So say there is an automatic transmission in a car. Is there a computer inside the transmission that decides to change gears, or is there a computer in the car that tells the transmission to change gears? If the computer is in the transmission, how does it decide to shift? What about it's in the car?


2 Answers 2


It depends on the transmission manufacturer and the model of the transmission. In the '80s and before, an automatic transmission was controlled by a vacuum actuator and a cable which ran to the throttle (called a TV cable). Later in the '90s, when electronic engine management came into play, transmissions started being controlled by a main computer in the car (or Powertrain Control Module - PCM). This controlled a lot of aspects of the tranny, to include shifting, line pressures, torque converter lockup and other operations. Sometime later, some manufacturers started dividing the Transmission Control Module (TCM) and Engine Control Module (ECM) back out so there are actually two controllers doing the work, while talking to each other.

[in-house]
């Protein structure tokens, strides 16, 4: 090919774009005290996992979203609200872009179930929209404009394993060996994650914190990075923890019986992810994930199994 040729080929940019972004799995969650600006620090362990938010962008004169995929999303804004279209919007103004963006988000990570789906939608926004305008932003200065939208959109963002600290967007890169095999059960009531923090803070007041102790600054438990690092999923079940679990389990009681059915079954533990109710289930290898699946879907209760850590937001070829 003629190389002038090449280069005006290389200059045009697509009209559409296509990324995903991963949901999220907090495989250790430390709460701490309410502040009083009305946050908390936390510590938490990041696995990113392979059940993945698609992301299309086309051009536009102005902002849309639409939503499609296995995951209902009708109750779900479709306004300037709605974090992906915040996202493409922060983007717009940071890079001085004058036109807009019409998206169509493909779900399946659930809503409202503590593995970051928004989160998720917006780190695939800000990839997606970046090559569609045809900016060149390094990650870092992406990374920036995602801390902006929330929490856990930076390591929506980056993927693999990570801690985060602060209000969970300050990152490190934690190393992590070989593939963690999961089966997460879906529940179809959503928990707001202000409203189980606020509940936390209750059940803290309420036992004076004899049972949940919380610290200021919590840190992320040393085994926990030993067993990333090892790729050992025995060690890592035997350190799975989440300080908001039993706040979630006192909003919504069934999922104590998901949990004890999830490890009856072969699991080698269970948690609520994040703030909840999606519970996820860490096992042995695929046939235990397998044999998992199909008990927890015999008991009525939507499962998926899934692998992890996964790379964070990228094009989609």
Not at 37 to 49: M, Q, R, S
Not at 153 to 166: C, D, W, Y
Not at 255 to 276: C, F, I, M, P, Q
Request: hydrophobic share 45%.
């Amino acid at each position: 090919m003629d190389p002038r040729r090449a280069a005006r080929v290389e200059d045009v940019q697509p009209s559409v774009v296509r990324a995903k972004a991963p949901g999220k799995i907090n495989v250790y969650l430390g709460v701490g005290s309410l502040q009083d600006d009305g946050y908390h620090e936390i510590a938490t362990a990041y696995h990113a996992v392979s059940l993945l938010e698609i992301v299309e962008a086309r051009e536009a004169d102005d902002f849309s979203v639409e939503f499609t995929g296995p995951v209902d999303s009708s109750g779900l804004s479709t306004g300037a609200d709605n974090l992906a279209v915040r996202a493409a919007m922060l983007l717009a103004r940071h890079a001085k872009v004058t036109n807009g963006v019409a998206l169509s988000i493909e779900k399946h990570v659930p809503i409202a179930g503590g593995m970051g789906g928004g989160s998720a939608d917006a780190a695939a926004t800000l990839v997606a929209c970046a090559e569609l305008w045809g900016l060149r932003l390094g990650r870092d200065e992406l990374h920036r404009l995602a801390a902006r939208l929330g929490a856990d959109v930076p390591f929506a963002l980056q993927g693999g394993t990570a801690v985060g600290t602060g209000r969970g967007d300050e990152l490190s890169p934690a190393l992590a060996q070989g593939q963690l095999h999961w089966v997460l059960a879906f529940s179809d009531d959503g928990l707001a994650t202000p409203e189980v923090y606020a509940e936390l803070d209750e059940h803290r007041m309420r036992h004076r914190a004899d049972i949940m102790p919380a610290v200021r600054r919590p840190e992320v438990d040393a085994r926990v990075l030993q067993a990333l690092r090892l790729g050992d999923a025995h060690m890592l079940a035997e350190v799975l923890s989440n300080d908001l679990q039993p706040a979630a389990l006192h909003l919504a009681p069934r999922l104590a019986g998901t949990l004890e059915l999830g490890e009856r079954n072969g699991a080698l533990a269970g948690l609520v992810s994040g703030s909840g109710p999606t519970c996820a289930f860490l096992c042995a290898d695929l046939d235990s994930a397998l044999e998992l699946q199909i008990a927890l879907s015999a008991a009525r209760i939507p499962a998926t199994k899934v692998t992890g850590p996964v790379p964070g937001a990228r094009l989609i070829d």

Shifting the gears is dependent on several different factors, such as engine load, throttle position, speed of the vehicle, engine speed, etc. Every manufacturer does it a little different, so I won't try to go into it.


Engine speed : Only if engine spped is high enough it can shift to next gear

Speed of car:It will not downshift unless spped of car is lesser, else the engine will over rev

Load on Engine:If load is too high, then it must use a lower gear to obtain the required pull. Like on slopes, or a heavier car.

Pedal position:If your pedal is floored, you directly order the engine to downshift for quick power.

Apart from this there are some automatics there which learn your driving patterns. Then there are AMTs..


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